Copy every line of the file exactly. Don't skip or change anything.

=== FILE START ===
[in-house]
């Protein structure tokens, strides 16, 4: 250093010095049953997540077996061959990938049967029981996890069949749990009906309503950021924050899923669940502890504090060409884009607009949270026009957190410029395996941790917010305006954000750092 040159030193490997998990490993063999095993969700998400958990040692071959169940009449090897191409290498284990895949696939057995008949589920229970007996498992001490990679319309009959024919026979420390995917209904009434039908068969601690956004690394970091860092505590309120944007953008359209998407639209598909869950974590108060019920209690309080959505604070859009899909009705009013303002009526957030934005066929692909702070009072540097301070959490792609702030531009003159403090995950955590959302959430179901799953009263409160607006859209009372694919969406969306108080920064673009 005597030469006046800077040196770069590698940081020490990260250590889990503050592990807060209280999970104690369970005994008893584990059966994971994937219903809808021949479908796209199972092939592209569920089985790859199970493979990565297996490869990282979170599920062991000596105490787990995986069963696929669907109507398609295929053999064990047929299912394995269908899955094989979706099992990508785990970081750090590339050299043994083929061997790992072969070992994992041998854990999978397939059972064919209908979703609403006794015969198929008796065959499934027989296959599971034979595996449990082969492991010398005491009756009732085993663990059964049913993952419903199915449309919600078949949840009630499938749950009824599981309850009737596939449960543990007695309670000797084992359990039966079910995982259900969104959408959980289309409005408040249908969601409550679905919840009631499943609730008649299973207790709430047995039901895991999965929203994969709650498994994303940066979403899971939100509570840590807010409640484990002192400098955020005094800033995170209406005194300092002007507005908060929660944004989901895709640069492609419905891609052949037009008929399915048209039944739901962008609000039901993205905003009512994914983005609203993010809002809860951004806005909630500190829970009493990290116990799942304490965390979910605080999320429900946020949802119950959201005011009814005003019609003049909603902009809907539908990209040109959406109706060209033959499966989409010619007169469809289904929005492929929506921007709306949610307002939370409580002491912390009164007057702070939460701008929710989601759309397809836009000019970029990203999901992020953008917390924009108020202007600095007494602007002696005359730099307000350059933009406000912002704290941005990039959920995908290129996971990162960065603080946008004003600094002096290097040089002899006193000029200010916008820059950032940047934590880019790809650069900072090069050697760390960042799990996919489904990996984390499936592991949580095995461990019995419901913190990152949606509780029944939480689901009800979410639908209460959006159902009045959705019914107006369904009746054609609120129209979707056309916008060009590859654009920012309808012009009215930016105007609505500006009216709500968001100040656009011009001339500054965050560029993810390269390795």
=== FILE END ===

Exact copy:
[in-house]
């Protein structure tokens, strides 16, 4: 250093010095049953997540077996061959990938049967029981996890069949749990009906309503950021924050899923669940502890504090060409884009607009949270026009957190410029395996941790917010305006954000750092 040159030193490997998990490993063999095993969700998400958990040692071959169940009449090897191409290498284990895949696939057995008949589920229970007996498992001490990679319309009959024919026979420390995917209904009434039908068969601690956004690394970091860092505590309120944007953008359209998407639209598909869950974590108060019920209690309080959505604070859009899909009705009013303002009526957030934005066929692909702070009072540097301070959490792609702030531009003159403090995950955590959302959430179901799953009263409160607006859209009372694919969406969306108080920064673009 005597030469006046800077040196770069590698940081020490990260250590889990503050592990807060209280999970104690369970005994008893584990059966994971994937219903809808021949479908796209199972092939592209569920089985790859199970493979990565297996490869990282979170599920062991000596105490787990995986069963696929669907109507398609295929053999064990047929299912394995269908899955094989979706099992990508785990970081750090590339050299043994083929061997790992072969070992994992041998854990999978397939059972064919209908979703609403006794015969198929008796065959499934027989296959599971034979595996449990082969492991010398005491009756009732085993663990059964049913993952419903199915449309919600078949949840009630499938749950009824599981309850009737596939449960543990007695309670000797084992359990039966079910995982259900969104959408959980289309409005408040249908969601409550679905919840009631499943609730008649299973207790709430047995039901895991999965929203994969709650498994994303940066979403899971939100509570840590807010409640484990002192400098955020005094800033995170209406005194300092002007507005908060929660944004989901895709640069492609419905891609052949037009008929399915048209039944739901962008609000039901993205905003009512994914983005609203993010809002809860951004806005909630500190829970009493990290116990799942304490965390979910605080999320429900946020949802119950959201005011009814005003019609003049909603902009809907539908990209040109959406109706060209033959499966989409010619007169469809289904929005492929929506921007709306949610307002939370409580002491912390009164007057702070939460701008929710989601759309397809836009000019970029990203999901992020953008917390924009108020202007600095007494602007002696005359730099307000350059933009406000912002704290941005990039959920995908290129996971990162960065603080946008004003600094002096290097040089002899006193000029200010916008820059950032940047934590880019790809650069900072090069050697760390960042799990996919489904990996984390499936592991949580095995461990019995419901913190990152949606509780029944939480689901009800979410639908209460959006159902009045959705019914107006369904009746054609609120129209979707056309916008060009590859654009920012309808012009009215930016105007609505500006009216709500968001100040656009011009001339500054965050560029993810390269390795």